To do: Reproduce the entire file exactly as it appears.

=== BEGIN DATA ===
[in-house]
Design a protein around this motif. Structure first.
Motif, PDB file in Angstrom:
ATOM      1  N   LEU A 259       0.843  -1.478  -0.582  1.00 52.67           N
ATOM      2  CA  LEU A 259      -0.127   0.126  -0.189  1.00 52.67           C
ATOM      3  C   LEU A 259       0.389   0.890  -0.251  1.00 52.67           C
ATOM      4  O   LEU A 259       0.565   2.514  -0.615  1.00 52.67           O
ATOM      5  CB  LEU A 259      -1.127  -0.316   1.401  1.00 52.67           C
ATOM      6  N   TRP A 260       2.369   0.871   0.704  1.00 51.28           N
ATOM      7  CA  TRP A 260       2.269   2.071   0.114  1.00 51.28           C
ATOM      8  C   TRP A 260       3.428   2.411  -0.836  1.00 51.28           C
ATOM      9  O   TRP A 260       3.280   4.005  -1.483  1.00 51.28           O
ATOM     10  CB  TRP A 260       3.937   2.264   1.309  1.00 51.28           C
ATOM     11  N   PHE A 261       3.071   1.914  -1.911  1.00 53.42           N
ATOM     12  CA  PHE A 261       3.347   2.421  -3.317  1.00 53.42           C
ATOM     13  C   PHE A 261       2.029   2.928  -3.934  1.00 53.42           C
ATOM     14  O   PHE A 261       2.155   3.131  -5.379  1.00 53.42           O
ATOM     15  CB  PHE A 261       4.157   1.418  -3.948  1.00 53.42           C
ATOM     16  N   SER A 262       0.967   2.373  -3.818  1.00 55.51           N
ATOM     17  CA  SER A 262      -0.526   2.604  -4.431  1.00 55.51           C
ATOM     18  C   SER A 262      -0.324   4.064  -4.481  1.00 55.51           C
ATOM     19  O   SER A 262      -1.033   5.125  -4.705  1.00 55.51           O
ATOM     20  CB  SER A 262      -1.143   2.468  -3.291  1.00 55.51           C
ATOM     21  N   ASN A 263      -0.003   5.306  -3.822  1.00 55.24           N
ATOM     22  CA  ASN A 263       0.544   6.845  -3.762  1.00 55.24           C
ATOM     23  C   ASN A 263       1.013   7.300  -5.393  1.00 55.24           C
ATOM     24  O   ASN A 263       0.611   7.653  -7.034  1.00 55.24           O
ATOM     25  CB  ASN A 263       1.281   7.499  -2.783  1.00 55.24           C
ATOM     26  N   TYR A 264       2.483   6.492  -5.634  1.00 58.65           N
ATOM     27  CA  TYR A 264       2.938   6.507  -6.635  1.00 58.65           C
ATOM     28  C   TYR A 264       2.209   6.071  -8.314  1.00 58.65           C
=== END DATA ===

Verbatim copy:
[in-house]
Design a protein around this motif. Structure first.
Motif, PDB file in Angstrom:
ATOM      1  N   LEU A 259       0.843  -1.478  -0.582  1.00 52.67           N
ATOM      2  CA  LEU A 259      -0.127   0.126  -0.189  1.00 52.67           C
ATOM      3  C   LEU A 259       0.389   0.890  -0.251  1.00 52.67           C
ATOM      4  O   LEU A 259       0.565   2.514  -0.615  1.00 52.67           O
ATOM      5  CB  LEU A 259      -1.127  -0.316   1.401  1.00 52.67           C
ATOM      6  N   TRP A 260       2.369   0.871   0.704  1.00 51.28           N
ATOM      7  CA  TRP A 260       2.269   2.071   0.114  1.00 51.28           C
ATOM      8  C   TRP A 260       3.428   2.411  -0.836  1.00 51.28           C
ATOM      9  O   TRP A 260       3.280   4.005  -1.483  1.00 51.28           O
ATOM     10  CB  TRP A 260       3.937   2.264   1.309  1.00 51.28           C
ATOM     11  N   PHE A 261       3.071   1.914  -1.911  1.00 53.42           N
ATOM     12  CA  PHE A 261       3.347   2.421  -3.317  1.00 53.42           C
ATOM     13  C   PHE A 261       2.029   2.928  -3.934  1.00 53.42           C
ATOM     14  O   PHE A 261       2.155   3.131  -5.379  1.00 53.42           O
ATOM     15  CB  PHE A 261       4.157   1.418  -3.948  1.00 53.42           C
ATOM     16  N   SER A 262       0.967   2.373  -3.818  1.00 55.51           N
ATOM     17  CA  SER A 262      -0.526   2.604  -4.431  1.00 55.51           C
ATOM     18  C   SER A 262      -0.324   4.064  -4.481  1.00 55.51           C
ATOM     19  O   SER A 262      -1.033   5.125  -4.705  1.00 55.51           O
ATOM     20  CB  SER A 262      -1.143   2.468  -3.291  1.00 55.51           C
ATOM     21  N   ASN A 263      -0.003   5.306  -3.822  1.00 55.24           N
ATOM     22  CA  ASN A 263       0.544   6.845  -3.762  1.00 55.24           C
ATOM     23  C   ASN A 263       1.013   7.300  -5.393  1.00 55.24           C
ATOM     24  O   ASN A 263       0.611   7.653  -7.034  1.00 55.24           O
ATOM     25  CB  ASN A 263       1.281   7.499  -2.783  1.00 55.24           C
ATOM     26  N   TYR A 264       2.483   6.492  -5.634  1.00 58.65           N
ATOM     27  CA  TYR A 264       2.938   6.507  -6.635  1.00 58.65           C
ATOM     28  C   TYR A 264       2.209   6.071  -8.314  1.00 58.65           C